RULES OF EVIDENCE IN FAMILY LAW

15 SepRULES OF EVIDENCE IN FAMILY LAW


RULES OF EVIDENCE IN FAMILY LAW

By George Shake, Partner, Duffee + Eitzen, LLP

and Marianne Howland, Partner, Duffee+ Eitzen, LLP

 

Family law litigation may be more focused on families and individual conduct related to families than other areas of law; however, we still must abide by the rules of evidence. No matter how necessary the information is, we still have to offer evidence during a hearing in accordance with the Texas Rules of Evidence.

Here are some common pieces of evidence that you may encounter, and we will briefly explain how to admit or keep out these pieces of evidence.

  1. Child Custody Evaluations—In 2017 the Texas Legislature updated the Texas Family Code prohibits the court from admitting a child custody evaluation report into evidence unless it complies with the rules of evidence. This effectively means that there is no way to admit the entire child custody evaluation report unless you have the expert who conducted it there to testify about his/her opinions and recommendations and you admit it as part of his/her findings and recommendations or opposing counsel stipulates to its admittance. You cannot offer it as a standalone piece of evidence because it contains multiple hearsay statements. TFC §107.114(a).
  2. There are a few ways to get a child’s hearsay statement admitted as evidence:
    1. Present sense impression. TRE 803(1).
    2. Excited utterance. TRE 803 (2).
    3. Not offered for the truth of the matter asserted. TRE 801(c).
    4. Outcry of abuse. TFC 104.006.
    5. Child Victim of Family Violence. TFC 84.006.
  3. Business Records Affidavits—if you have filed a business records affidavit, the attached records are admissible, and the business records affidavit works as a hearsay exception, and it authenticates the records. TRE 803(6) & TRE 902(10). An Unsworn Declaration may be used in lieu of an affidavit. CPRC 132.
  4. Third Party Business Records.  One party may incorporate the business records of another party and offer those records as evidence. TRE 803(6), TRE 902(10), Nat'l Health Resources Corp. v. TBF Fin. LLC, 429 S.W.3d 125, 130 (Tex. App.—Dallas 2014, no pet.); Castillon v. Morgan, No. 05-13-00872-CV, LEXIS 3640, at *14 (Tex. App.—Dallas, April 14, 2015, no pet.).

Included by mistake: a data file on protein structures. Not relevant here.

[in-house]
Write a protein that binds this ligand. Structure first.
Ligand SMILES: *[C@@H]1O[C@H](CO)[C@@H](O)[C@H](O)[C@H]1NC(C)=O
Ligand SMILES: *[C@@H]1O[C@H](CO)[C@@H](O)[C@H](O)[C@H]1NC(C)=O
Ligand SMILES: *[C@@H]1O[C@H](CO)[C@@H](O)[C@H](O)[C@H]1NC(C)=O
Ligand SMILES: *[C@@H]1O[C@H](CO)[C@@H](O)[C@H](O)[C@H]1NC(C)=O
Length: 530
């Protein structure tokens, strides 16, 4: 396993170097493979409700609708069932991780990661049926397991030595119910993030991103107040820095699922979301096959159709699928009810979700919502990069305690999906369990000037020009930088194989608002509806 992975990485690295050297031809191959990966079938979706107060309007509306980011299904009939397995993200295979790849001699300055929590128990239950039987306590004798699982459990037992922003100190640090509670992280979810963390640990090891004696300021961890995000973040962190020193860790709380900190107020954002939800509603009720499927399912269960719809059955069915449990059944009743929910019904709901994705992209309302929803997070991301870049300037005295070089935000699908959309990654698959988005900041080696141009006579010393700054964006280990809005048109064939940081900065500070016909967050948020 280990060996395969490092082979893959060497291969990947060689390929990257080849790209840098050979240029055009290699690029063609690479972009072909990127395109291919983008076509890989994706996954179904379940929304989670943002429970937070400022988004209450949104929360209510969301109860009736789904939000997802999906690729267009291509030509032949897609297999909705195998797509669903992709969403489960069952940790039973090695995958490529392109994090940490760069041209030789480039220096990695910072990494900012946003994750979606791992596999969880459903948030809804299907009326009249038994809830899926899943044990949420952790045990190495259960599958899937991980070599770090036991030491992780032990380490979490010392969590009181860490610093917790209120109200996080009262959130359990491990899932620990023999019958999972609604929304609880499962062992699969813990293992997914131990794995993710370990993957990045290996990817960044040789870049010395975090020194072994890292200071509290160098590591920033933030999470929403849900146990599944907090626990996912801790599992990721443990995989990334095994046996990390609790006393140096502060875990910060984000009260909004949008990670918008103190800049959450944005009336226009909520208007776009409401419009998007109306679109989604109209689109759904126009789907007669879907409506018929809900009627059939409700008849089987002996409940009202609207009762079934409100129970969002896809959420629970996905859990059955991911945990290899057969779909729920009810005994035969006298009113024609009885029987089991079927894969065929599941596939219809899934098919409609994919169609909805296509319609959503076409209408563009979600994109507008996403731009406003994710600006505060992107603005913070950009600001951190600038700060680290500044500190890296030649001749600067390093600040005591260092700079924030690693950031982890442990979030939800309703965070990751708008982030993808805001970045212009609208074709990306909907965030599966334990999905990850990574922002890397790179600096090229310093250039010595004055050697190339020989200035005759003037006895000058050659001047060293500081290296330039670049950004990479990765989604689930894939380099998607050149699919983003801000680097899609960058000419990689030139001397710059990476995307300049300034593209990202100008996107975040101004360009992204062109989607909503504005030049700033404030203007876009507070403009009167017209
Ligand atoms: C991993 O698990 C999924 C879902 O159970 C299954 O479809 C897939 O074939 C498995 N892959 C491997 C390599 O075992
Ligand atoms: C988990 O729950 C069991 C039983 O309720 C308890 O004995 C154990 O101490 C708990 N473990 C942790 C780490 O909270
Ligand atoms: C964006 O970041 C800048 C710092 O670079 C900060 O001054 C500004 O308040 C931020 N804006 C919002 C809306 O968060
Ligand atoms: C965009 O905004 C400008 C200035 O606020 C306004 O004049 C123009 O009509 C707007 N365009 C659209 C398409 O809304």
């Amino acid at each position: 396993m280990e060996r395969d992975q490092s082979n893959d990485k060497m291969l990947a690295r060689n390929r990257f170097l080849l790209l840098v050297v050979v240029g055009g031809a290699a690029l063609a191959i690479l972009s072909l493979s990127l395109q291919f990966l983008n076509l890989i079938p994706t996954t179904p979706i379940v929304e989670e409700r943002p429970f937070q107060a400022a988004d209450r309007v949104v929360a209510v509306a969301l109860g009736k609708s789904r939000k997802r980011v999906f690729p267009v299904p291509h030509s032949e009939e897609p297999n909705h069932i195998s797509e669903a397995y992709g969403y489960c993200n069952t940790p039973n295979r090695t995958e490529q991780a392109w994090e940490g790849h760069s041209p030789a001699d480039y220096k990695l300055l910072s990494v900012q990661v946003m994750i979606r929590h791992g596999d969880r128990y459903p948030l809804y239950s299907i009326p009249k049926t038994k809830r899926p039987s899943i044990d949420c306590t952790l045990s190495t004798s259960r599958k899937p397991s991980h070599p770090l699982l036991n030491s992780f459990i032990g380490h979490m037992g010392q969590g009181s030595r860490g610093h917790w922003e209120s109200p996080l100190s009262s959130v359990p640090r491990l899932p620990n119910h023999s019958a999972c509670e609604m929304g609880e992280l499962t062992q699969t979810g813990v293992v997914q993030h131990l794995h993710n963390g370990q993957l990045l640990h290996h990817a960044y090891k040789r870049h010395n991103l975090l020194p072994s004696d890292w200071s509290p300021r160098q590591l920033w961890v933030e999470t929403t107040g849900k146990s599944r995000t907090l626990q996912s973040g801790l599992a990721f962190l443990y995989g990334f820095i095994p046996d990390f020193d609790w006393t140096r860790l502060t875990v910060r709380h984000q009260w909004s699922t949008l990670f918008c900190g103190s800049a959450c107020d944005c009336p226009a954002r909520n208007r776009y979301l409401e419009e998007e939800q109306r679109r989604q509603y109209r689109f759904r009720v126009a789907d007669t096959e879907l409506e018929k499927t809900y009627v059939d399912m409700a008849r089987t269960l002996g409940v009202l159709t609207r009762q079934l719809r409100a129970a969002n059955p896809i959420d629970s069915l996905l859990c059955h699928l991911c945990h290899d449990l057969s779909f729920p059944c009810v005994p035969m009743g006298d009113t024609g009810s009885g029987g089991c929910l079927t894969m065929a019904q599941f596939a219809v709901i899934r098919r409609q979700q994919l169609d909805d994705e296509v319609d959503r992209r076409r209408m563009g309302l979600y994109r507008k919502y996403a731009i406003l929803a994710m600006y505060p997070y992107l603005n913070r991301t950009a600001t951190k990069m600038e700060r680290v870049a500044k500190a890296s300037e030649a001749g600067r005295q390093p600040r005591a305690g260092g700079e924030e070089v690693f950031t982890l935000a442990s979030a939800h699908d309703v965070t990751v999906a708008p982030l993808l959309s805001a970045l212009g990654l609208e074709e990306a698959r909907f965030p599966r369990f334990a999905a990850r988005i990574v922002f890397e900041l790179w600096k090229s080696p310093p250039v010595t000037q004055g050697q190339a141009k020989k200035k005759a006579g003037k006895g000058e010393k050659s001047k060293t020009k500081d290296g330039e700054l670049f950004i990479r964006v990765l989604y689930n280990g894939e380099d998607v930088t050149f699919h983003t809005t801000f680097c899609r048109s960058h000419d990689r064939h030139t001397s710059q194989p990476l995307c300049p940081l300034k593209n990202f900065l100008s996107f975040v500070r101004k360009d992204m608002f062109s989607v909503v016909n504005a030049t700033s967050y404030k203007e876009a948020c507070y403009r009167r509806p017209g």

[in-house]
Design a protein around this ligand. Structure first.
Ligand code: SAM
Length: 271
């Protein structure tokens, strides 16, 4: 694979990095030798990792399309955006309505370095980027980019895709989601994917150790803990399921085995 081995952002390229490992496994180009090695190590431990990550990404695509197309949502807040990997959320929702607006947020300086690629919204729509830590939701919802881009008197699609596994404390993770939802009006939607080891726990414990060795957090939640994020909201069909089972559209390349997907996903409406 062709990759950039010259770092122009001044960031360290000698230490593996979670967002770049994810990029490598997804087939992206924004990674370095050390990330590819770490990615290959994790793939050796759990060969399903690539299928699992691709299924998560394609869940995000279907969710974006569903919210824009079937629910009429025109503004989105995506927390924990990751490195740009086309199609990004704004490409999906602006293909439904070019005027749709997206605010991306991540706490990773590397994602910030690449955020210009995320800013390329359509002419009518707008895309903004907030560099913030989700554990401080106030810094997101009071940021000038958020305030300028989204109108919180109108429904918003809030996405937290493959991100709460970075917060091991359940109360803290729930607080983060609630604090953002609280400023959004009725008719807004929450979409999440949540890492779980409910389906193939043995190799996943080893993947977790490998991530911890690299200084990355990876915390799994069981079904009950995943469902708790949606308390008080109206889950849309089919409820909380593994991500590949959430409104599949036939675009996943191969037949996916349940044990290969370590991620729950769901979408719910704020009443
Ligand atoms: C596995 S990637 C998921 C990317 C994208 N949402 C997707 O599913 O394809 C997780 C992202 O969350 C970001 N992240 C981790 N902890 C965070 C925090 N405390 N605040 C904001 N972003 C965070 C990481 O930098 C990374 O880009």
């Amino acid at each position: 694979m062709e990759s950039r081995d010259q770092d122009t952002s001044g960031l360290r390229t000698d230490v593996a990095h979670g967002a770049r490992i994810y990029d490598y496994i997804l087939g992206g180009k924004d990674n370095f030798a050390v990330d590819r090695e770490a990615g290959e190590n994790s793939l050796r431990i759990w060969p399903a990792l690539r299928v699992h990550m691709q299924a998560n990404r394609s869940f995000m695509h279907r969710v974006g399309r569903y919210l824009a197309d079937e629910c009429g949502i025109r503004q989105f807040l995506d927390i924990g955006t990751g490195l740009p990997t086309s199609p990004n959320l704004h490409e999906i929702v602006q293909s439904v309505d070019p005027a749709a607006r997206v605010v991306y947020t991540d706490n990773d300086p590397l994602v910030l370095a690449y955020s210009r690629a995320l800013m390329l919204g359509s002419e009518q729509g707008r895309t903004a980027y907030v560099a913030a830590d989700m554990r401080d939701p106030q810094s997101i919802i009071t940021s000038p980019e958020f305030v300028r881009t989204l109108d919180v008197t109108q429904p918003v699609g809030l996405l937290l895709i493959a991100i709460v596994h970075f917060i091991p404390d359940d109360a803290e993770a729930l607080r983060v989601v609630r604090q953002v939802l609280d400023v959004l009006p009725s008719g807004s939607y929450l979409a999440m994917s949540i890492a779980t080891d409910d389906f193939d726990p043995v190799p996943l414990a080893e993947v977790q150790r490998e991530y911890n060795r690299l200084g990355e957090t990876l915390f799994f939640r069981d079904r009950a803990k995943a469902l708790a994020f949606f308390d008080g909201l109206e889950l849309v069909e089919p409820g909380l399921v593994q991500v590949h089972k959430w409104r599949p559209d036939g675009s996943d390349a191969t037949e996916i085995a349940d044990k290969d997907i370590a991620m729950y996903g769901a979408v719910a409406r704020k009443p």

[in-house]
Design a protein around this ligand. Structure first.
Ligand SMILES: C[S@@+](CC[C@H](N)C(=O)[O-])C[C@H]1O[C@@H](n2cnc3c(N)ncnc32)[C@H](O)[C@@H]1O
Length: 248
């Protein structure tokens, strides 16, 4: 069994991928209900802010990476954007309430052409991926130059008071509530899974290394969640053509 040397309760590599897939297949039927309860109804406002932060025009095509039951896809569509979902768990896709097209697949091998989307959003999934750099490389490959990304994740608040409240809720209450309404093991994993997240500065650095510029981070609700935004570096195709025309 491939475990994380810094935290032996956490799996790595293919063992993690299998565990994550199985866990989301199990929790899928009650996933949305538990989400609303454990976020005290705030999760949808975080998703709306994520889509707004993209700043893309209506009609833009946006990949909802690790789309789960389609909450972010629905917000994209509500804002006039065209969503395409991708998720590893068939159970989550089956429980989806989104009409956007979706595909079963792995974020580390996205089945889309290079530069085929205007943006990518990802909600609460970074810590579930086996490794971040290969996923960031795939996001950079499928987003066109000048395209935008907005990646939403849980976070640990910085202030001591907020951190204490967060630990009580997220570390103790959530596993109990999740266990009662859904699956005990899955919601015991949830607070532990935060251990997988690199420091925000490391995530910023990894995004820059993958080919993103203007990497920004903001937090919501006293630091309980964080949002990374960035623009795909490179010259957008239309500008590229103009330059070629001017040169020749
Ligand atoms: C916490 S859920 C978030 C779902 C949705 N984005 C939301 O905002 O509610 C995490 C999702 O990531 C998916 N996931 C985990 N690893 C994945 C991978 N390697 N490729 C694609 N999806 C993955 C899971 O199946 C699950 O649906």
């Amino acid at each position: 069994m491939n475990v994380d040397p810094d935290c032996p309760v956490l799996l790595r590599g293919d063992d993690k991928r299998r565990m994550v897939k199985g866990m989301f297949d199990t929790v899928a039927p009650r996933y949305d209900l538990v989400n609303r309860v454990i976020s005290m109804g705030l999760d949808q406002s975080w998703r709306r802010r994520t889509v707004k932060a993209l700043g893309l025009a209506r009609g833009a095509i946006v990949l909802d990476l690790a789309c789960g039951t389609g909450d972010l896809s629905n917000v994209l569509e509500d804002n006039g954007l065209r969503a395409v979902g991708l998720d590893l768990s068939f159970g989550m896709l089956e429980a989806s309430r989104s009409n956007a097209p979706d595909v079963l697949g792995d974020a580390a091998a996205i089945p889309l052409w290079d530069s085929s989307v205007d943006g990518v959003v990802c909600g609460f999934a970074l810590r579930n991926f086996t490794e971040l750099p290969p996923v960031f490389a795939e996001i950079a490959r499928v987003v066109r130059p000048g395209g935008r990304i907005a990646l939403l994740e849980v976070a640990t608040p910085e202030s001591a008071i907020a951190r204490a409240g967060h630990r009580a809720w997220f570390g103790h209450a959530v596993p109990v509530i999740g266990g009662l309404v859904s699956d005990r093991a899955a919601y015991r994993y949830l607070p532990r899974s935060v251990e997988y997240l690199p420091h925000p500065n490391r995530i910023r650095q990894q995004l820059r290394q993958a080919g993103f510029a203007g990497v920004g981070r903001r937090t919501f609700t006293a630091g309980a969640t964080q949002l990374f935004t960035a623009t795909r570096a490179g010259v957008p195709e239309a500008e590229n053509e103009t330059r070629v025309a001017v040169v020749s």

5. Transcripts - In order for testimony at a prior hearing or trial to be considered at a subsequent proceeding, the transcript of such testimony must be properly authenticated and entered into evidence. Briones v. Solomon, 769 S.W.2d 312, 319 (Tex. App.—San Antonio 1989, writ denied); Ex parte Turner, 478 S.W.2d 256, 258 (Tex. Civ. App.—Houston [1st Dist.] 1972, orig. proceeding). Escamilla v. Estate of Escamilla, 921 S.W.2d 723, 726 (Tex. App.—Corpus Christi 1996, no writ).

 

Here are some common objections and how to deal with them:

  1. Speaking objections/Counsel is testifying: A "speaking objection" is an objection that contains more information (often in the form of argument) than needed by the judge to sustain or overrule it. Many judges prohibit lawyers from using speaking objections, and sometimes even from stating the grounds for objections, because of the potential for influencing the jury. Bryant v. State, 282 S.W.3d 156, 172, n.10 (Tex. App.—Texarkana 2009, writ granted on other grounds). A simple way to deal with this is to ask the court to determine what opposing counsel’s legal objection is.
  2. Relevance—pay attention to the testimony of opposing counsel’s witnesses and his/her questions for your witness. If the hearing is about an increase in child support, then the parent’s parenting decisions are not relevant. TRE 401-403
  3. Leading—Generally, leading questions should not be used on direct examination, except when an attorney calls a hostile witness, and adverse party, or a witness identify with an adverse party. TRE 611(c). It is a pet peeve of most judges to object to leading questions more than a few times. It is almost impossible not ask somewhat leading questions when you have 20 minutes per side to put on your case. Leading questions are explicitly permitted during direct an examination to “develop” a witness’s testimony. TRE 611(c).